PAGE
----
"You think this is nonchalant? I can get at least 15 percent more nonchalant than this."
Empty Lot of Land Becomes Guthrie, Oklahoma, in One Day
April 22, 1889 marked the astonishing one-day transformation of an empty expanse of prairie land into a town of 10,000, all between noon and sundown. It also marked the last time anyone was anxious to get into Oklahoma.
You see, due to a perfect conjunction of laws and stealing land from Indians, there was suddenly a ton of free land to be had in Oklahoma for anyone who could get there and put a tent on it first. But the law said that nobody could cross the border until noon on April 22 for some reason. In the days prior to the 22nd, hordes of land-hungry carpetbaggers began to pile up on the border, waiting to pour through the gates like Walmart shoppers on Black Friday.
Like this, only with a lot more horse carts and dysentery.
Unlike Black Friday, there aren't any records of anyone being trampled to death, but there were quite a few people illegally camping out inside the territory, which is basically like going into Walmart the day before Thanksgiving and hiding yourself in a display of Pepsi cans, and then popping out at 4 a.m. on Black Friday and shouting, "First!"
These people were called "sooners," and Oklahomans are apparently proud of this behavior, because it's their state nickname (the Sooner State) and the Oklahoma University team name.
"Whoooo! We like cutting in line!"
When the clock struck noon on the 22nd, the crowds piled onto trains and went racing into the territory, many of them getting off at the first station -- Guthrie -- at 1:25 p.m., where they found a handful of sooners already staking their claims. Seeing that they weren't the first to get there, and noticing that lots of the people on the train were as impatient as they were, the campers sprang into action, and the town went from 0 to 10,000 in the course of an afternoon. And since this was back when elbow grease was America's number one export, tire axle lubricant and preferred soup base, the sudden citizens had already laid out the streets, staked out lots and started forming a government by the time midnight rolled around.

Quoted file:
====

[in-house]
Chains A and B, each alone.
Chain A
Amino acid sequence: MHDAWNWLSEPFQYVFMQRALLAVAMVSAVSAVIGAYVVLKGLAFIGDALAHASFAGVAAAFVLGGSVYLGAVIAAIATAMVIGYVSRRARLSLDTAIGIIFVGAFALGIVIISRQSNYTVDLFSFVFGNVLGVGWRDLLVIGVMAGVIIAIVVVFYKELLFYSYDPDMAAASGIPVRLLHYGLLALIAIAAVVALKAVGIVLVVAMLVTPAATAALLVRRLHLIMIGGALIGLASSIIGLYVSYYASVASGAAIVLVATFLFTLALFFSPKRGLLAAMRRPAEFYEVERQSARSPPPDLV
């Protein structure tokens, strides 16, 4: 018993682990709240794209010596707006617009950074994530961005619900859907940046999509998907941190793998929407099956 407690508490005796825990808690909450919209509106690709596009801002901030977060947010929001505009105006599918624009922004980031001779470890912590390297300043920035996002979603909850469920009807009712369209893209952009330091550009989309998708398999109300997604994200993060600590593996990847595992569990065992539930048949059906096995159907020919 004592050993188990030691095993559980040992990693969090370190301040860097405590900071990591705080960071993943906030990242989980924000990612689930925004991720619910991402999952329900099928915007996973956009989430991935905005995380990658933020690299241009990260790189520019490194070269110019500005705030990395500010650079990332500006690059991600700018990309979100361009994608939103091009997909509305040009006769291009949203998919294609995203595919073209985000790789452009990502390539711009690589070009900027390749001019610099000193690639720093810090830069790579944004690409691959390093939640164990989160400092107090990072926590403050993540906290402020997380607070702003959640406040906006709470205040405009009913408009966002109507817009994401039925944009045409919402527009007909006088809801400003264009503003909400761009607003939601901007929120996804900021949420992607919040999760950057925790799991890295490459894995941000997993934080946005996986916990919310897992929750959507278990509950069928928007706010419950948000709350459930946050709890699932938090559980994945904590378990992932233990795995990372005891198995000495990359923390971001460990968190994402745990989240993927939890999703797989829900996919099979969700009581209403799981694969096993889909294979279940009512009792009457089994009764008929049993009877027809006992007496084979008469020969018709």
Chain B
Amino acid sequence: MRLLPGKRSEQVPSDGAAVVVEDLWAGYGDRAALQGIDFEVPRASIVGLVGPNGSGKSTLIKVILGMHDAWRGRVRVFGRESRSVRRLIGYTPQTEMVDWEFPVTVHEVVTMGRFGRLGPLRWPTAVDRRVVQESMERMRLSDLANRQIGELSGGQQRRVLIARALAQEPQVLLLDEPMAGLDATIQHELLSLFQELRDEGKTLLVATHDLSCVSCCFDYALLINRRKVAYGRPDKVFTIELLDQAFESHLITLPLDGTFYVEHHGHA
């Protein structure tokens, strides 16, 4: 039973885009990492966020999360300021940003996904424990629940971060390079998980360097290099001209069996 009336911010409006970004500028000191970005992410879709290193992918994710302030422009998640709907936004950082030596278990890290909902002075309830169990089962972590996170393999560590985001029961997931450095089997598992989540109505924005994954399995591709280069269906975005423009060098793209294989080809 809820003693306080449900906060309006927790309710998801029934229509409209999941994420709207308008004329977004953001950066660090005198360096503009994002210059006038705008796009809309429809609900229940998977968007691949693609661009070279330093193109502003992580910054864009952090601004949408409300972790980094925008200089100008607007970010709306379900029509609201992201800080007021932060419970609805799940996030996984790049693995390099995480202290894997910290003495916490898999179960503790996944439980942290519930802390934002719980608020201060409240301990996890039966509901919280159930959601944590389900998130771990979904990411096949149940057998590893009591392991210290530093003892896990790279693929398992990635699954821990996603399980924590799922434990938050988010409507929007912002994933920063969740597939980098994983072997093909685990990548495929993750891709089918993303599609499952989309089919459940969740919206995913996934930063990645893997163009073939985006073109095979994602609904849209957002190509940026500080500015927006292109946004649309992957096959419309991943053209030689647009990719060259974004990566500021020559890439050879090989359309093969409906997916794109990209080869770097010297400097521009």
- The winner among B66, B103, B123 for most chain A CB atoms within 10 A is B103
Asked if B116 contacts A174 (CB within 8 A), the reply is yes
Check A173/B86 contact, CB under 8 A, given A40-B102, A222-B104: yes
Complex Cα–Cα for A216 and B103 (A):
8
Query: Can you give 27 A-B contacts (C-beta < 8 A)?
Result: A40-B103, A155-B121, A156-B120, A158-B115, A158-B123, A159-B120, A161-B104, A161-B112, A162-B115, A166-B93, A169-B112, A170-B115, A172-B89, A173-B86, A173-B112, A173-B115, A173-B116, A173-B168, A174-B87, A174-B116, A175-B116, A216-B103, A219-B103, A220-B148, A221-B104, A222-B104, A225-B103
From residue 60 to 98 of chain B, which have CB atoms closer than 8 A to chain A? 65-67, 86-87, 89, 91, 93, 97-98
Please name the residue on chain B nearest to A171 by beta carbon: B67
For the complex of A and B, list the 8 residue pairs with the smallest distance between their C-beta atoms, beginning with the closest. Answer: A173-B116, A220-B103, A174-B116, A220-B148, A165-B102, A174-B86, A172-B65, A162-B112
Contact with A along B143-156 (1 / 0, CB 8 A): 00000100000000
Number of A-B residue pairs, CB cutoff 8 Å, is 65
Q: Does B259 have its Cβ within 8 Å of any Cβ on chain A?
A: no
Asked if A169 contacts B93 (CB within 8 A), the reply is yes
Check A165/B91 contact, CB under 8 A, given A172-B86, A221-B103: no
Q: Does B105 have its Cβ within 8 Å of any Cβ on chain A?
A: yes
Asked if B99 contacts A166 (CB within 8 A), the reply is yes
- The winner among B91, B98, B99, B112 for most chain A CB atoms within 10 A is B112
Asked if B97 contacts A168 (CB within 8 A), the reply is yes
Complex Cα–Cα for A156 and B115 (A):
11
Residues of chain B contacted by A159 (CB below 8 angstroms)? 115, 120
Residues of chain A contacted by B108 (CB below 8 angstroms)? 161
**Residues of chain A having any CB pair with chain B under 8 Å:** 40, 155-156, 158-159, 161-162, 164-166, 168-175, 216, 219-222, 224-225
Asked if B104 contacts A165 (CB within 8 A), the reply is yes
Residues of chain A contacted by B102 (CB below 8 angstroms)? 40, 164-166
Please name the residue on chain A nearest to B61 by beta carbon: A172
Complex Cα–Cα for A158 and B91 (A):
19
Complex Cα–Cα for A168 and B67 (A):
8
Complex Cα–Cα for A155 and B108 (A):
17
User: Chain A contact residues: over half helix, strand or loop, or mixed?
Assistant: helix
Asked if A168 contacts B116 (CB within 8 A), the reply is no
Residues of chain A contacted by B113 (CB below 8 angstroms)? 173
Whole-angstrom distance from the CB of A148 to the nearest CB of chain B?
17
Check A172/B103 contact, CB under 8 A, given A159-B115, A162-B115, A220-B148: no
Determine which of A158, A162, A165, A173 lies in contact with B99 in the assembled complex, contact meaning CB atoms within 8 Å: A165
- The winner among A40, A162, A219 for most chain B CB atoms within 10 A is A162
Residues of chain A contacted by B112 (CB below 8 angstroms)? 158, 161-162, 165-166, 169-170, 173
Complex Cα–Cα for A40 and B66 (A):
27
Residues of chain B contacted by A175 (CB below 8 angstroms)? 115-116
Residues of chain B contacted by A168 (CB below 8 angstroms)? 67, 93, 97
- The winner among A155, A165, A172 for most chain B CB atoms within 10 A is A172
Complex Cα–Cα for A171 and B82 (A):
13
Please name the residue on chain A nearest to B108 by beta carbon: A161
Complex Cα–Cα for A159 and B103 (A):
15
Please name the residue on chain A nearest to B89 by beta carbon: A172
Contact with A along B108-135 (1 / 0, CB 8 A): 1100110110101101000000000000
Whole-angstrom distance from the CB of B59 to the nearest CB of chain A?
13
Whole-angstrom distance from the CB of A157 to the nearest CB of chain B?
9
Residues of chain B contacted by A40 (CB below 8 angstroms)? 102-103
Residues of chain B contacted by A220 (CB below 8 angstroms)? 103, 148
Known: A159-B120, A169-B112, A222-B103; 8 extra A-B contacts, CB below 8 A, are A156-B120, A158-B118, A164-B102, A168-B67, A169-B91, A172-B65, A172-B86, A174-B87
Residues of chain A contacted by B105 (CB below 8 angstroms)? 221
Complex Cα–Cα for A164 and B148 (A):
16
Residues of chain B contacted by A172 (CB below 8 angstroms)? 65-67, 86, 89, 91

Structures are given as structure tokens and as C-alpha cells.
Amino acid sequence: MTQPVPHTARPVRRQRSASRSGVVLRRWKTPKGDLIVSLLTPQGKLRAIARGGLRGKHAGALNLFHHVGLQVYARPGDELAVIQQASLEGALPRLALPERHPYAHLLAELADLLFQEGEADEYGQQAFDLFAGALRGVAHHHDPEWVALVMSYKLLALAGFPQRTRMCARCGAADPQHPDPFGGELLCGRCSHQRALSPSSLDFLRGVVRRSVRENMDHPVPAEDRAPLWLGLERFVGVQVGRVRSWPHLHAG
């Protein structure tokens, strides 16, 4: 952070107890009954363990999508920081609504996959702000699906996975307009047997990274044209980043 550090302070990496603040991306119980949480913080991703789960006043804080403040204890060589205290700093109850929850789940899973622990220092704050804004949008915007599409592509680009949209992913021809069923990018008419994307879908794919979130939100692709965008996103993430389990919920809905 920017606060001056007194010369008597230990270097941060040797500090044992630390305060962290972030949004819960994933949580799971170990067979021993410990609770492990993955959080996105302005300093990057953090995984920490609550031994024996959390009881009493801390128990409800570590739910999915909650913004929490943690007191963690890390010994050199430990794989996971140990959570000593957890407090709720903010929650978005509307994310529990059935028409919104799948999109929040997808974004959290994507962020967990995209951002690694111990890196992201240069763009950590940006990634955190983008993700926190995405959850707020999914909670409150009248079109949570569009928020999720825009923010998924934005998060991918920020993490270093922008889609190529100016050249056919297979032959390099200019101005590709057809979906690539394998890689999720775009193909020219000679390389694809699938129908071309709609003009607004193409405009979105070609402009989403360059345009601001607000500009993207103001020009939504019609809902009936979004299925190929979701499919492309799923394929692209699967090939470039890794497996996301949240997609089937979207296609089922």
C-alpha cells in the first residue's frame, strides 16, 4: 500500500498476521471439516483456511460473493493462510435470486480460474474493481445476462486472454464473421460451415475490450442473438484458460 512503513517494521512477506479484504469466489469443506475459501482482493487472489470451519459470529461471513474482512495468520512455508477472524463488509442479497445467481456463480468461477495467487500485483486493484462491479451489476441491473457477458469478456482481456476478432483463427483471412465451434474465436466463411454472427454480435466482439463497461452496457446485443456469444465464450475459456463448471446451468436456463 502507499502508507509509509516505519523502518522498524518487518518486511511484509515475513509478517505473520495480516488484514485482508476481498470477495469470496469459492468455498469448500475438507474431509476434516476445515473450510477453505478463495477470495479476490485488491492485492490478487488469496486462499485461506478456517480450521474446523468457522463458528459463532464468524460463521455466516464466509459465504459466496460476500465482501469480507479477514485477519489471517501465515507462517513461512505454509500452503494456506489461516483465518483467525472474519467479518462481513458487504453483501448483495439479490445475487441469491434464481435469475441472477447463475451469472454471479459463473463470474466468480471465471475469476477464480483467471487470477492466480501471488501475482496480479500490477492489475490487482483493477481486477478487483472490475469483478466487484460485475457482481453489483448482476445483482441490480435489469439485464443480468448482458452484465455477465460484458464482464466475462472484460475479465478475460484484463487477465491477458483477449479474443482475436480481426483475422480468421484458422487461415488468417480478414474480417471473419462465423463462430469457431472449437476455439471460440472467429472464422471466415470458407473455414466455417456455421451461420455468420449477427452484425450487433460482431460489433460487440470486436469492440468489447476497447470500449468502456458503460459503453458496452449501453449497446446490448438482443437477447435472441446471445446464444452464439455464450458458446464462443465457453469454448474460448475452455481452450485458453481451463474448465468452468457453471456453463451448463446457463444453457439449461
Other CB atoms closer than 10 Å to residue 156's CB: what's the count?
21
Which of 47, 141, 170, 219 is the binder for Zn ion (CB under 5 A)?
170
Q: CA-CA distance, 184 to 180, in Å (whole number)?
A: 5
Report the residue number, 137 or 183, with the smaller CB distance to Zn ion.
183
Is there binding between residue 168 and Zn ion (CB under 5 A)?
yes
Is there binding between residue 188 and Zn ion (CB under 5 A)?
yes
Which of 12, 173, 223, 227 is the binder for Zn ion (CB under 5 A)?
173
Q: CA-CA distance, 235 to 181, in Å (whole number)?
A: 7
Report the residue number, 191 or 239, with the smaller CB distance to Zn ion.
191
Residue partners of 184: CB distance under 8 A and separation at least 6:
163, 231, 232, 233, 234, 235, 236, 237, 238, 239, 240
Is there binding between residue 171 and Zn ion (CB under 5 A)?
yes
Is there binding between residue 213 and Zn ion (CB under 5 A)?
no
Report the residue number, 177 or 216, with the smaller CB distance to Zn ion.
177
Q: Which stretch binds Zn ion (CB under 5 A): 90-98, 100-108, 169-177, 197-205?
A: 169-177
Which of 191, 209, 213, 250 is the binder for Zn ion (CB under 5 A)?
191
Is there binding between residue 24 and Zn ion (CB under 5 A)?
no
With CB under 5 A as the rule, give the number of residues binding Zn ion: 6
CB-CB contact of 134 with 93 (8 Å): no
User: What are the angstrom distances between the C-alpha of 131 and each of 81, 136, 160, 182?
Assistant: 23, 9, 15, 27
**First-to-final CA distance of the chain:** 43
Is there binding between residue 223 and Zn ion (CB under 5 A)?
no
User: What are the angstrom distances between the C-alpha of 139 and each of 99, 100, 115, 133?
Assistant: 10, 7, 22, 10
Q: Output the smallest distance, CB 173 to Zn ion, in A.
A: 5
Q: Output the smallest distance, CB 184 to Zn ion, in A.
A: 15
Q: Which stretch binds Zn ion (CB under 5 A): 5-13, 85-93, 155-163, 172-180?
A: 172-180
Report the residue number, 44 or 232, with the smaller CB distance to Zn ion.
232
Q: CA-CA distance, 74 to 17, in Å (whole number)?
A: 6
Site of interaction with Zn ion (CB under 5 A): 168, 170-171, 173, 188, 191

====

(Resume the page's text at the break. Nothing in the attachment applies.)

"Dibs on Minister of Rocking Out!"
Four months later, the town was pretty well built out, with the directory listing "six banks, 16 barbers, 16 blacksmiths, 17 carpenters, two cigar manufacturers, five newspapers, seven hardware stores, 15 hotels, 19 pharmacists, 22 lumber companies, 39 doctors, 40 restaurants" and, of course, 81 lawyers.
U.S. Navy Delivers Aircraft-Carrier-Shaped Magic Trick
In World War II's Battle of the Coral Sea, the aircraft carrier USS Yorktown had a hole ripped through its flight deck by a Japanese bomb, which penetrated several decks and exploded inside the ship, killing or seriously injuring 66 men. Despite its gaping wound, the Yorktown was able to make it back to the Pearl Harbor naval yard for repairs, forever proving that the Titanic was a wimp.
"We're going to need four, maybe five tubes of caulk."
The bomb damage, plus all the other damage sustained in the battle, was expected to take three months to repair, although crews estimated that they could get her just barely patched up enough in two weeks to return to the U.S. mainland for serious repairs. Admiral Nimitz, channeling his best Captain Kirk, told them they had three days -- and not just to get the ship limping back to the mainland, but to send her out to fight.
Soon after that order, his shirt ripped open.
Several sleepless days later, the USS Yorktown was on her way to Midway like a freaking magic trick. The sheer impossibility of the Yorktown being afloat, let alone ready to fight, led the Japanese to assume they must be looking at a new carrier. The Yorktown took down four Japanese carriers before doing what it did best and was shot to pieces. This time, the ship sank like a stone, but the Americans who went down with it had done their damage, and the battle where the U.S. Navy made Japan think they were being attacked by a freaking ghost ship ended up being one of the keys to turning the tide of the war. The battle put the Japanese behind in terms of ships and manpower, and they never caught up.